BLM works hard on its permits and environmental impact statements, trying to make sure all the science that's needed is included. If the plans or permits are in the Arctic, the polar bear can be a large part of that science, and that means BLM Alaska biologist Craig Perham will be busy.
So how long has Perham been studying the white giants of the ice?
“Probably been involved with polar bears probably almost 20 years in one form or another,” Perham reflected.
Some would argue biology isn't a career as much as a calling for Craig. He was drawn to it from an early age.
“Well, I grew up in Alaska,” Perham explained, “and like most kids in Alaska, I just had interest in the outdoors. And it just kind of led to a, you know, led to a career field that I thought I could be in the outdoors and work in the outdoors. And I've been lucky it has.”
“Marine mammals and polar bears are an important piece to a lot of people up on the North Slope,” Perham expanded, “So trying to help facilitate solutions to maintain populations and help conserve those animals is kind of an intriguing piece, I guess, for me now.”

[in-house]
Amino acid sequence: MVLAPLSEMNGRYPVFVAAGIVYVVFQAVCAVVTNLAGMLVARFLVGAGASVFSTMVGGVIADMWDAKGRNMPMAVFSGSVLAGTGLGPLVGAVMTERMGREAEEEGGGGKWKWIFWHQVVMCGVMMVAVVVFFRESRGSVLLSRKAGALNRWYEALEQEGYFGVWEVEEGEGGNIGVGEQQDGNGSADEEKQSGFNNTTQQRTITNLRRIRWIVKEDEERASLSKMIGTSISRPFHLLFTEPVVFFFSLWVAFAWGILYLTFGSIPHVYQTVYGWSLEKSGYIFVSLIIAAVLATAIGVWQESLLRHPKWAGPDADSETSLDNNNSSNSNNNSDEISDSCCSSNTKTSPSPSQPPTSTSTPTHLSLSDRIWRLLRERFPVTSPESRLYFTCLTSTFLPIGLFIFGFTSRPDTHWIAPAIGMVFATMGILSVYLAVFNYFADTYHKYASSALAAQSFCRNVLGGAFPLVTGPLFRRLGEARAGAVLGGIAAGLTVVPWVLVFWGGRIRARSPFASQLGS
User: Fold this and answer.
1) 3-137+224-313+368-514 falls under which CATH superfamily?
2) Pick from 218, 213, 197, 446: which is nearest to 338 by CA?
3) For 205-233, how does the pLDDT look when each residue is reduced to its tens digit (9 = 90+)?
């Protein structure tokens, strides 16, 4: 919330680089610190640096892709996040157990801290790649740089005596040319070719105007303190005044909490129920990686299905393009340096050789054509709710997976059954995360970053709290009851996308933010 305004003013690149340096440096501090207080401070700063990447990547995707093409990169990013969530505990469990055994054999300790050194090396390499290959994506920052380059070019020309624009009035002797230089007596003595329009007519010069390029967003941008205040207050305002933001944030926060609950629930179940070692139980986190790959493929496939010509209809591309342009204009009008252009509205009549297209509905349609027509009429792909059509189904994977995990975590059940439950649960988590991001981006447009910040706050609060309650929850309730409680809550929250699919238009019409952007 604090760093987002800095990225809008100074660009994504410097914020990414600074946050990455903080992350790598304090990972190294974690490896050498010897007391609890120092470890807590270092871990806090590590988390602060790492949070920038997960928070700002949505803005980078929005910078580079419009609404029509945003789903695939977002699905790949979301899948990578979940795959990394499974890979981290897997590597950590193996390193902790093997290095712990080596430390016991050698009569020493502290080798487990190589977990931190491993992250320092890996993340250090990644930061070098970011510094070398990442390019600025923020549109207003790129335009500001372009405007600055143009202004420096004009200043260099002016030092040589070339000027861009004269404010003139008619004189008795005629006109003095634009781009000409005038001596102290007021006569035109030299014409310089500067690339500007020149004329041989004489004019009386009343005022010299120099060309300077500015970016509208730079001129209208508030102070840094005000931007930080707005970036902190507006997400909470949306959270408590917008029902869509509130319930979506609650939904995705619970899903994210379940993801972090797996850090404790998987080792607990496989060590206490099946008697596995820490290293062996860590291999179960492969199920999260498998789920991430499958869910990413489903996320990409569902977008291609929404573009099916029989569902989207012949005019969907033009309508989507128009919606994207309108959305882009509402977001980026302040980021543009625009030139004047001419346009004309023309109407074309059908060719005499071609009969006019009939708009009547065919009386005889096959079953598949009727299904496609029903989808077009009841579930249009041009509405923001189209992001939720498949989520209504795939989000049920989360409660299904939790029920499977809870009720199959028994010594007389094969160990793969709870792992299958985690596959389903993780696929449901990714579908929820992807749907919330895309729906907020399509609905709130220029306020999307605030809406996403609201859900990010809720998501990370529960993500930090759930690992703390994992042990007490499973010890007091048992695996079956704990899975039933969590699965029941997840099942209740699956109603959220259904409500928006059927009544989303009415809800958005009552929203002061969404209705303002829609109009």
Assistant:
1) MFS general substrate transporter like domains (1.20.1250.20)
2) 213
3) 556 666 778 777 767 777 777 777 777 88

Like most biologists, Perham's work is part of a much larger effort. It goes beyond what you see on nature shows and biology program recruitment videos. He's working for a long-term goal that will help generations of Alaskans.
“It's not so much going out and collaring bears or tagging seals,” Perham said. “It's more of facilitating and trying to maintain activities that all of us humans need and want, as well as trying to conserve these animals for future generations.”
Every goal has its challenges, especially when working on issues in the Arctic. So what's the most challenging aspect of Perham's work?
“Trying to find that medium,” Perham emphasized. “Trying to find that meeting between humans and animals. You know, in the conservation of those animals you still have people on the landscape. It's pretty challenging. And sometimes those solutions aren't very visible. You have to work at them.”
BLM Alaska is always busy in the Arctic and Craig certainly has job security. What's he going to be looking forward to next?
“I guess once this pandemic is over, getting back into the field,” Perham beamed, “and creating this new marine mammal program for BLM. That's what I'm looking forward to.”
That concludes this Frontier's podcast. Make sure to check out the BLM Alaska Facebook page and stay up to date on everything permitting environmental work and balances and more. Frontier's podcast as a production of the BLM Alaska Office of Communications.